Can M&S regain its magic?

A few weeks ago, all eyes were on Marks and Spencer, UK’s biggest clothing retailer. The company released their annual results and sales in their core clothing and home wares division was down 2.9% compared to the previous year. The company’s new CEO, Steve Rowe, laid out his plans to kick start the business and the brand. The big question on everyone’s mind — will it work this time?

Their skepticism is not misplaced. Steve is Marks & Spencer’s 5th boss since 2001 and the company’s efforts to revitalize itself have had little success as evidenced by their share price over this period.

So what can M&S do to kick-start its clothing business into growth mode?

1. Not just “Mrs.M&S”

Central to the revival plans is reconnecting with core customers who M&S have labelled “Mrs M&S” — a woman in her 50s who shops with them around 18 times a year. Is this enough? No. For answers, we only need to look at the performance of Primark for the past 10 years. The graph shows the meteoric rise of Primark in clothes retailing compared to Marks&Spencer and Next.

And their secret? Primark’s target segment (as stated in their annual reports) is the fashion-conscious customer under 35 years of age. M&S cannot afford to side-step this segment because this is where the growth in clothing sales has come from.

2. Redefine “value”.

As the originators of the Penny Bazaar (where every item cost a penny), Marks & Spencer have epitomized value on the UK high street for decades. For M&S, value means quality at reasonable price — a dress or a t-shirt that can withstand regular use for years and years, all for a small premium over the price of competing brands.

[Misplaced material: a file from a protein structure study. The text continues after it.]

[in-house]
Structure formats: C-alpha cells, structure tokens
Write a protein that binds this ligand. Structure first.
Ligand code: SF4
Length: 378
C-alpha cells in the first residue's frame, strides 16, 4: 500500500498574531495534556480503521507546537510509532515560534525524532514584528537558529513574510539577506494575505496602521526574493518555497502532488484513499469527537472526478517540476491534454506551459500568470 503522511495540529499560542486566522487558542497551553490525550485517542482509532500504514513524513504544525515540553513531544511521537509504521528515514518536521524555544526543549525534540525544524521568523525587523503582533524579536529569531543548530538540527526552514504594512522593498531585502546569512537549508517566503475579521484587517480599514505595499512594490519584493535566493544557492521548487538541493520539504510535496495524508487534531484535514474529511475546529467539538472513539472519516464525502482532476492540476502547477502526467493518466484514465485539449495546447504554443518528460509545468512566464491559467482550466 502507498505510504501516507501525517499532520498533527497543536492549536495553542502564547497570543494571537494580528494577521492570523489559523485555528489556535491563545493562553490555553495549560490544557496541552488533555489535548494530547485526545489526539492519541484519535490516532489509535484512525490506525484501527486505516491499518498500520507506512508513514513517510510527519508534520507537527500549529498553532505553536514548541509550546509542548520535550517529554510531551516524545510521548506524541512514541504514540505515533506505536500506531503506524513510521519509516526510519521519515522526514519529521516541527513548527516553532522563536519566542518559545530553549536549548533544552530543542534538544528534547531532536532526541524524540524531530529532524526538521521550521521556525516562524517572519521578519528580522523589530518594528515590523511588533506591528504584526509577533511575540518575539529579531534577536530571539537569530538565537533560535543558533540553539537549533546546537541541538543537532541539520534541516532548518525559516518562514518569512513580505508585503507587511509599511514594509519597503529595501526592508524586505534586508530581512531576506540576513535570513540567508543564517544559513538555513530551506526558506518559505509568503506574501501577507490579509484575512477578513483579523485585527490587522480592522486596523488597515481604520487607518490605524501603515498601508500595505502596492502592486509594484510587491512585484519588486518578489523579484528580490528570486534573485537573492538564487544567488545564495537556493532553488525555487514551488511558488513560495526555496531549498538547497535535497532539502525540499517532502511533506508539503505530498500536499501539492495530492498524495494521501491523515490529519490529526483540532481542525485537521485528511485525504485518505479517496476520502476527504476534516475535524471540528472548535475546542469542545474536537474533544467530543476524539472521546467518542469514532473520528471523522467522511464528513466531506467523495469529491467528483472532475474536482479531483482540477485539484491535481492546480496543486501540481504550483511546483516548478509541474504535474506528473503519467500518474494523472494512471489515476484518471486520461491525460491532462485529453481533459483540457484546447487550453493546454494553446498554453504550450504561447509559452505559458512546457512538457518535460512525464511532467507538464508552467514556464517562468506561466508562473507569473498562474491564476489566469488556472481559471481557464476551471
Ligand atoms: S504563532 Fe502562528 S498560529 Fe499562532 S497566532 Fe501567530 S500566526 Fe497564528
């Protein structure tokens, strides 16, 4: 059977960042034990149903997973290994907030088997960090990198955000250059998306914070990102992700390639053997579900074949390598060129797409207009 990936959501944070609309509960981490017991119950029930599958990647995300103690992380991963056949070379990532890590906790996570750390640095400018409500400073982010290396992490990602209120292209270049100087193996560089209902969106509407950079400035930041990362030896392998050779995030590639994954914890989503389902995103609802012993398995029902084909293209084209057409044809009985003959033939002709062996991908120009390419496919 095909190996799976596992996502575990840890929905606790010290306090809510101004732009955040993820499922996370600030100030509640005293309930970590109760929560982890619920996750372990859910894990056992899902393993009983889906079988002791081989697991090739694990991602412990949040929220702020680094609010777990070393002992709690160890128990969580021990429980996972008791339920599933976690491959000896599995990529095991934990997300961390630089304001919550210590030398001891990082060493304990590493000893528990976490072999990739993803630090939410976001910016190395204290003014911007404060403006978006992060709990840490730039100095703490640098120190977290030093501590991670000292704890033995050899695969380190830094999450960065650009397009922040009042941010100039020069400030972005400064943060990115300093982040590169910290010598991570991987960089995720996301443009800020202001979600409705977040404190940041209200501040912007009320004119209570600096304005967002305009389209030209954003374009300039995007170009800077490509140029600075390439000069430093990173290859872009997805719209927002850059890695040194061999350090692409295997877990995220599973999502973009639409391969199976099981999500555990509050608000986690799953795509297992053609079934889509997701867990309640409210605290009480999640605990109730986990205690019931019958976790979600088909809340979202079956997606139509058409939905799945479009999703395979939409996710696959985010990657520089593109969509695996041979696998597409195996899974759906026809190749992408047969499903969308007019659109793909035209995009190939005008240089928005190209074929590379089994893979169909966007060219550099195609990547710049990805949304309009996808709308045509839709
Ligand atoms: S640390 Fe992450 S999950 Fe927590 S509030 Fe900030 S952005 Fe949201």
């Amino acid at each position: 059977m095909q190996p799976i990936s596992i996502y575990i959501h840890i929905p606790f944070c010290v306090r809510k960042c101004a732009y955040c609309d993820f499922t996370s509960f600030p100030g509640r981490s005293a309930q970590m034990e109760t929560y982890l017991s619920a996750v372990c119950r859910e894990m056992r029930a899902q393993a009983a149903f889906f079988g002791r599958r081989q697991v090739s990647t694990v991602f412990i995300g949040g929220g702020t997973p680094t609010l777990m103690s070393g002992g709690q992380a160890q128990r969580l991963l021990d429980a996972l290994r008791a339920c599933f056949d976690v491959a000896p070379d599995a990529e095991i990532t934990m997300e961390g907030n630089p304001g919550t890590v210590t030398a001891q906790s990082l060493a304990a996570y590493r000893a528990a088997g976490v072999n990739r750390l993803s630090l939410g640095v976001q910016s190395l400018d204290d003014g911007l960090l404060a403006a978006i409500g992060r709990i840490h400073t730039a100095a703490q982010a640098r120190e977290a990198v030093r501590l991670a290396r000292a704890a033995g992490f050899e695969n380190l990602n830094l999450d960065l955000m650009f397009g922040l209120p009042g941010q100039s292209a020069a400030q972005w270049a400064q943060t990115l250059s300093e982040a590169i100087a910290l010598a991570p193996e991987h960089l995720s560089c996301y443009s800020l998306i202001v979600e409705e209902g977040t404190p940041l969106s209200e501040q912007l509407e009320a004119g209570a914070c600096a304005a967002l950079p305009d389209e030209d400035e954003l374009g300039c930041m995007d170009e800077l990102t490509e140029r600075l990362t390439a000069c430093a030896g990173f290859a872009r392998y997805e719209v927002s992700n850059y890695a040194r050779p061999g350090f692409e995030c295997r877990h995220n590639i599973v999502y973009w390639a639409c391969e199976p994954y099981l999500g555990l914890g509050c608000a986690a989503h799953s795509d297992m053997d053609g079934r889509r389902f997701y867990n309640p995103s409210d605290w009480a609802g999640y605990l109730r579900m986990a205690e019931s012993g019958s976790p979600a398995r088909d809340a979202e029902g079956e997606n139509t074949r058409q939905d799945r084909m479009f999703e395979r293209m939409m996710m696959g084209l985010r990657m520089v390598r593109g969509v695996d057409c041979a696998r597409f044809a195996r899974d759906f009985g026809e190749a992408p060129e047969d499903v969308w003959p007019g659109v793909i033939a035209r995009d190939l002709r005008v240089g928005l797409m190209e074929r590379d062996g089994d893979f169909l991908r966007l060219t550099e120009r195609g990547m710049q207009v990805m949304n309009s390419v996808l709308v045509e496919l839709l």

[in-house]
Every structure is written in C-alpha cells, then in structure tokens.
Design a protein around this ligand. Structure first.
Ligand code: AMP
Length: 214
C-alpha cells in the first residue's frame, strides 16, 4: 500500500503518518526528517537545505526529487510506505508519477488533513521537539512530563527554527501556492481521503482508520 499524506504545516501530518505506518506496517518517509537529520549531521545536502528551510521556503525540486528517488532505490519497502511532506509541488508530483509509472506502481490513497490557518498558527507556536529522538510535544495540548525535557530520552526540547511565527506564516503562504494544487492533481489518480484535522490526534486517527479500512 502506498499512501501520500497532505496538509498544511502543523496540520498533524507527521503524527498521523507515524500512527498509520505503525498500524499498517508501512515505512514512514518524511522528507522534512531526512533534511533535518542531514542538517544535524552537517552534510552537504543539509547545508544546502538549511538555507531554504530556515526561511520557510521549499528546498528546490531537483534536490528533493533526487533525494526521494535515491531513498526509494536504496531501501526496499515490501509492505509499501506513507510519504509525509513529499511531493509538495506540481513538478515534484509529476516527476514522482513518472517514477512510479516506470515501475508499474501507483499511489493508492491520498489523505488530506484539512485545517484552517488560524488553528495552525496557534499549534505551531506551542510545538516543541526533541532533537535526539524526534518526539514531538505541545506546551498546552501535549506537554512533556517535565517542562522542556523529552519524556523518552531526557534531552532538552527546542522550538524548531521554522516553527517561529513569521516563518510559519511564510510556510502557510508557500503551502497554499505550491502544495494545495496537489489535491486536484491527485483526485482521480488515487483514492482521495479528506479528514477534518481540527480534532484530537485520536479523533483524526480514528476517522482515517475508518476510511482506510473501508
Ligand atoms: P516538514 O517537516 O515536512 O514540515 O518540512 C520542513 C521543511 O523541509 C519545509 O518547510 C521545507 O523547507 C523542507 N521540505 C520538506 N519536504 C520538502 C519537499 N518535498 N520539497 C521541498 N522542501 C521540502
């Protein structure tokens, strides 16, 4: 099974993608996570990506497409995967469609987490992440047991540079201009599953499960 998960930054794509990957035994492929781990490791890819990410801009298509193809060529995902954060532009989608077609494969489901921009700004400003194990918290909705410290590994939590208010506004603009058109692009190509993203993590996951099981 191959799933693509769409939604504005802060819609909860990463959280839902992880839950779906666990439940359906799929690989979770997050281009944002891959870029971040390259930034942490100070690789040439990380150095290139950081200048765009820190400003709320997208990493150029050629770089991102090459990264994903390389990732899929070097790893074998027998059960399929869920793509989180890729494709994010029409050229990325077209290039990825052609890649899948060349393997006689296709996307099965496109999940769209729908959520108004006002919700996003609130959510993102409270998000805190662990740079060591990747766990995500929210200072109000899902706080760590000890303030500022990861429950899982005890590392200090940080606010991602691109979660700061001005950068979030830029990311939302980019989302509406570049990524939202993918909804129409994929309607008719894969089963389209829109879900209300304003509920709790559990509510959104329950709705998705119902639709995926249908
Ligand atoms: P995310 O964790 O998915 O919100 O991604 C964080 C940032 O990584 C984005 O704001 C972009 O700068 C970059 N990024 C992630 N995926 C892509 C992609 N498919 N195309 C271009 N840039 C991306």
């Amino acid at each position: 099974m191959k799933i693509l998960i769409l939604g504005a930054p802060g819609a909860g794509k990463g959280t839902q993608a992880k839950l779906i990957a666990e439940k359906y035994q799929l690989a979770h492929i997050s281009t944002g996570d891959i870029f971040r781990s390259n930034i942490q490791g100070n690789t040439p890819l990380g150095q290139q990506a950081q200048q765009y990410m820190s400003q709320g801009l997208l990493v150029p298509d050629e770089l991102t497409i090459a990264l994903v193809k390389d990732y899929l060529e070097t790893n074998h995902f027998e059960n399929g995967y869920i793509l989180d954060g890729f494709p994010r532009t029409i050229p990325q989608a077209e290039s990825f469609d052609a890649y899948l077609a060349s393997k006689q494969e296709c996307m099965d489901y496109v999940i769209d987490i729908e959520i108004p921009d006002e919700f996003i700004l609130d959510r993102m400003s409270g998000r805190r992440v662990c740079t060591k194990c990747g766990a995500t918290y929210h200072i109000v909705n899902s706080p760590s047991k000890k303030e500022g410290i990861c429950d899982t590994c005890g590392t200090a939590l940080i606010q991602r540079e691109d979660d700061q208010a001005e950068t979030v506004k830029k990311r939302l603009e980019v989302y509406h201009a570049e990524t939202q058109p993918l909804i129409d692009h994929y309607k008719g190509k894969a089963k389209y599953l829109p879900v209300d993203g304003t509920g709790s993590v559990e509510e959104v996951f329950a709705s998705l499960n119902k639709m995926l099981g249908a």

Today’s fashion-conscious customers are however looking for several items of clothing which they use occasionally, rather than a few items that they use regularly — a need that Primark has brilliantly tapped into by offering fashionable clothes with quality good enough to last a few uses rather than a lifetime. The challenge for M&S is redefine its value proposition to win over the fashion conscious customer, without alienating its core customers who are still aligned to original value proposition. And the key to doing this lies in M&S’s brand portfolio.

3. Rationalize brands.

M&S’s brand portfolio for clothing is bewildering to say the least. Here are some of the brands across the men’s and women’s clothing.

It is hard to see what each of these brands / sub-brands offer and how they are different from the other brands/sub-brands in the portfolio. The proliferation of brands has only served to diminish the M&S value proposition rather than enhance it.

What M&S needs a simple and clear brand portfolio. Something similar to this would be a good starting point.

  1. St Michael — “Everyday clothing for the family — great quality at reasonable prices”
  2. Per Una — “Fashionable women’s clothing designed for occasional use” aimed at the Primark market
  3. Autograph — “ Premium formal wear for men and women”
  4. North Coast — “Fashionable men’s clothing designed for occasional use” aimed at the Primark market

The threat to M&S is very real. Iconic brands have vanished from the UK high street with alarming regularity. To survive, M&S needs to radically reinvent itself and be prepared to compete with the likes of Primark. Failure to do so will reduce M&S’s prominence of the high street in the coming years and even consign them to just being food halls — which will be a huge loss to the retail industry given how influential M&S has been.

So good luck Steve Rowe — I sincerely hope you succeed in turning around M&S.